What's The Best Strategy For Getting The Best Out Of Your Employees?

If you feel your employees aren't performing to their full potential, a change in managerial style might be called for!

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Being the boss isn't just about sitting in your comfy office delegating tasks to your subordinates. As the leader of the group, it falls to you to inspire and motivate those working under you, thus improving overall performance levels. Every boss has their own methods of doing so, with varying results. If you want to achieve the same with your team, here are a couple of strategies backed by science for you to test.

Be The Nice Guy

Some bosses might prefer a reign of terror in the workplace, but recent research indicates taking the nice approach is the way to go. In a study published in The Leadership Quarterly in June 2018, researchers at Binghamton University found that showing compassion to subordinates almost always pays off, especially when employee goals and benchmarks are clearly defined. They surveyed nearly 1,000 members of the Taiwanese military and almost 200 adults working full-time in the United States and were surprised to note that the results were consistent across both groups despite the geographical and cultural variations.

Their research revealed three distinct styles of leaders:

  • Authoritarianism-dominant: Leaders who assert absolute authority and are focused mostly on completing tasks at all costs with little consideration of the well-being of subordinates
  • Benevolence-dominant: Leaders who care about the personal well-being of their subordinates.

  • Classical paternalistic: A combination of both authoritarianism and benevolence, with a strong focus on both task completion and the well-being of subordinates.

The researchers found that authoritarianism-dominant leadership almost always had negative results on job performance, while benevolence-dominant leadership almost always gave a positive outcome.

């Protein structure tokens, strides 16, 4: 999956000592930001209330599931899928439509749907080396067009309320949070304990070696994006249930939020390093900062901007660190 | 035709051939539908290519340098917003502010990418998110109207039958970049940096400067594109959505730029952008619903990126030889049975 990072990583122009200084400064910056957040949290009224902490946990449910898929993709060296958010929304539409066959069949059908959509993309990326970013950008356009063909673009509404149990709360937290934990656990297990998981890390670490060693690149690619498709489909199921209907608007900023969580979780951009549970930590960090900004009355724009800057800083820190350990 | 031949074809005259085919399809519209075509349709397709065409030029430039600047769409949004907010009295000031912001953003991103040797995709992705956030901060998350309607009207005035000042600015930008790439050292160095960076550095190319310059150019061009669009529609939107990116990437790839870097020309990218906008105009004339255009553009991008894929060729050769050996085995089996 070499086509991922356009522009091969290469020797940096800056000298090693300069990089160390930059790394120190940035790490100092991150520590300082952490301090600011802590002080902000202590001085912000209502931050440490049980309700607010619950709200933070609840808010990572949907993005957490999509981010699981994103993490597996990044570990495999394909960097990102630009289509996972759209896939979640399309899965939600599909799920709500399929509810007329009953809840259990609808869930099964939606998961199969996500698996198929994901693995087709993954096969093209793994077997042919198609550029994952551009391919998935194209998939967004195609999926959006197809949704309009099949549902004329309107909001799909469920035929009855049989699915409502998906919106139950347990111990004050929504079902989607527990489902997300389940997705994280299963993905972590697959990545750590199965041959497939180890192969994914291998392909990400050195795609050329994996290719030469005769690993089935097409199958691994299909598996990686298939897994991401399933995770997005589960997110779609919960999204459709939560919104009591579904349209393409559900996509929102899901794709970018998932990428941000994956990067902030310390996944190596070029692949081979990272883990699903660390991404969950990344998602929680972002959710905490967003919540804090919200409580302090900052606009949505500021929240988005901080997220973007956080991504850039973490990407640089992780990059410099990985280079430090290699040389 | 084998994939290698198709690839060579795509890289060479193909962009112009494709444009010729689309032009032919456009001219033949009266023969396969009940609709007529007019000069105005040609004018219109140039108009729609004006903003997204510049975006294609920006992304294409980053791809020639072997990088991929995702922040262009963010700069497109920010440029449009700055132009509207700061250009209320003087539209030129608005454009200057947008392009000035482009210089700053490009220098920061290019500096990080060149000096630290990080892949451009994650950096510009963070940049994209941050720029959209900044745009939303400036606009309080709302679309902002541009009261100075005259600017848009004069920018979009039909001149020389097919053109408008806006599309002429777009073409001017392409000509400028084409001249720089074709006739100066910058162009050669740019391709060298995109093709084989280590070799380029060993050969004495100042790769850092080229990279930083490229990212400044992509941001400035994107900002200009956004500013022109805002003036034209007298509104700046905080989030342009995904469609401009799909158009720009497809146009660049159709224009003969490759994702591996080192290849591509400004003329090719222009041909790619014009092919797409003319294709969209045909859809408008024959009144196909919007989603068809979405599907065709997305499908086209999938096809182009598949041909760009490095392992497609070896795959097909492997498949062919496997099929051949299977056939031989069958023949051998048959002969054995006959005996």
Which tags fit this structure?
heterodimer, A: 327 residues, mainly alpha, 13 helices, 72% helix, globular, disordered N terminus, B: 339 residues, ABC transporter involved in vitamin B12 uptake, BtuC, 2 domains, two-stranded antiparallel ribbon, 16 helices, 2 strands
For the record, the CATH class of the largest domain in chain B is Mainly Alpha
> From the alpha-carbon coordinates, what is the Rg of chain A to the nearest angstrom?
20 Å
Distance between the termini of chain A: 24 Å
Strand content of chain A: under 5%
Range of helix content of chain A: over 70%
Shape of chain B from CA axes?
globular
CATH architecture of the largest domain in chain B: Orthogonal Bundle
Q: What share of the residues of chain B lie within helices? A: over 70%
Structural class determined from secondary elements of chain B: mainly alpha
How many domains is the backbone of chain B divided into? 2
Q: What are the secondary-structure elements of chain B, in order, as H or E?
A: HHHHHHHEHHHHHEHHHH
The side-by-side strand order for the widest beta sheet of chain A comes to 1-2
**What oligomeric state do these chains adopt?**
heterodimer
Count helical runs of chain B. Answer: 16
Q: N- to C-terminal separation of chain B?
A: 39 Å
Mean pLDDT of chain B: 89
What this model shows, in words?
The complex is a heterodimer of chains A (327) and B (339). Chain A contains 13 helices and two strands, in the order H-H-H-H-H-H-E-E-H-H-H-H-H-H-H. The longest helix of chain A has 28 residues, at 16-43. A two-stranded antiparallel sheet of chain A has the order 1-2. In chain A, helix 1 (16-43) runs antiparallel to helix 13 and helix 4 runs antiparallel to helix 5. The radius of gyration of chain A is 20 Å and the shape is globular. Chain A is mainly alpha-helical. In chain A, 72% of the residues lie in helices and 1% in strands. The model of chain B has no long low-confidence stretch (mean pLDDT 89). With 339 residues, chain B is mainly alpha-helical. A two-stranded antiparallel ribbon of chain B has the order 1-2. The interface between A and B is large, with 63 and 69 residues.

"Subordinates and employees are not tools or machines that you can just use. They are human beings and deserve to be treated with respect," explained Chou-Yu Tsai, assistant professor of management at Binghamton University's School of Management in an official press release. "Make sure you are focusing on their well-being and helping them find the support they need, while also being clear about what your expectations and priorities are. This is a work-based version of "tough love' often seen in parent-child relationships."

Instant Rewards

Have you noticed that motivation levels are dwindling among your employees? It might have something to do with how they're being rewarded for their work. In a study entitled "It's About Time: Earlier Rewards Increase Intrinsic Motivation" published in the Journal of Personality and Social Psychology in June 2018, Cornell researchers found a better alternative to waiting until the end of a project to hand out rewards, which is the more commonly accepted practice.

Instead, they found that a more periodic system of compensation is much better for employees' levels of focus, engagement, and job satisfaction. One of the ways to put it into practice is to reward an employee at the outset of a new project, rather than after its completion!

"The idea that immediate rewards could increase intrinsic motivation sounds counterintuitive, as people often think about rewards as undermining interest in a task," said lead author Kaitlyn Woolley in an official press release. "But for activities like work, where people are already getting paid, immediate rewards can actually increase intrinsic motivation, compared with delayed or no rewards."

They put it down to the fact that an immediate reward seems to make people more invested in the project. A hobby is enjoyable, intrinsically motivated and rewarding in and of itself—you do it just for the sake of doing it, rather than the expectation of a reward. The act of adding immediate rewards at work increases the positive experience of the task, making it a much more enjoyable activity as a whole. "More evidence suggests immediate rewards are beneficial," said Woolley. "They're a useful tool for increasing interest in an activity."